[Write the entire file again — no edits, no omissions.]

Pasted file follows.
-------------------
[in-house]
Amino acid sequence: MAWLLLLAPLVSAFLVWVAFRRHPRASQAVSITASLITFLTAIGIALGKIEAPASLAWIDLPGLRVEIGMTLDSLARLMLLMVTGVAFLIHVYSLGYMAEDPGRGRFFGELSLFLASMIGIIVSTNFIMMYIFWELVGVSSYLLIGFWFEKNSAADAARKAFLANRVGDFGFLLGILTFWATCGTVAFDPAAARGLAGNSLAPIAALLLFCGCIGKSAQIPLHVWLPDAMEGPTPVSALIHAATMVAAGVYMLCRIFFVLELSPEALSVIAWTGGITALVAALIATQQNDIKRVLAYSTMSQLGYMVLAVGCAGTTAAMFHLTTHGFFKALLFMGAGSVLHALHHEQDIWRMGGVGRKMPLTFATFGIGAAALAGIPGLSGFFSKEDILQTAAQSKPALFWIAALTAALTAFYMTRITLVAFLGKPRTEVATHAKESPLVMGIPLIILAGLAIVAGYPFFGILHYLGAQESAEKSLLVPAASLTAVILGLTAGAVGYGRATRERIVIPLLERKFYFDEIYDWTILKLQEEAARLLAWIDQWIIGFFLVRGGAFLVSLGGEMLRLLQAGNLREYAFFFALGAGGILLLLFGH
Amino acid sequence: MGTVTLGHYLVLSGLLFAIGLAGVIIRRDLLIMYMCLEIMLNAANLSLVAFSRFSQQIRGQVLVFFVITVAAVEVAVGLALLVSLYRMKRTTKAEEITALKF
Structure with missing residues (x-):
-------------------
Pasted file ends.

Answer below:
[in-house]
Amino acid sequence: MAWLLLLAPLVSAFLVWVAFRRHPRASQAVSITASLITFLTAIGIALGKIEAPASLAWIDLPGLRVEIGMTLDSLARLMLLMVTGVAFLIHVYSLGYMAEDPGRGRFFGELSLFLASMIGIIVSTNFIMMYIFWELVGVSSYLLIGFWFEKNSAADAARKAFLANRVGDFGFLLGILTFWATCGTVAFDPAAARGLAGNSLAPIAALLLFCGCIGKSAQIPLHVWLPDAMEGPTPVSALIHAATMVAAGVYMLCRIFFVLELSPEALSVIAWTGGITALVAALIATQQNDIKRVLAYSTMSQLGYMVLAVGCAGTTAAMFHLTTHGFFKALLFMGAGSVLHALHHEQDIWRMGGVGRKMPLTFATFGIGAAALAGIPGLSGFFSKEDILQTAAQSKPALFWIAALTAALTAFYMTRITLVAFLGKPRTEVATHAKESPLVMGIPLIILAGLAIVAGYPFFGILHYLGAQESAEKSLLVPAASLTAVILGLTAGAVGYGRATRERIVIPLLERKFYFDEIYDWTILKLQEEAARLLAWIDQWIIGFFLVRGGAFLVSLGGEMLRLLQAGNLREYAFFFALGAGGILLLLFGH
Amino acid sequence: MGTVTLGHYLVLSGLLFAIGLAGVIIRRDLLIMYMCLEIMLNAANLSLVAFSRFSQQIRGQVLVFFVITVAAVEVAVGLALLVSLYRMKRTTKAEEITALKF
Structure with missing residues (x-):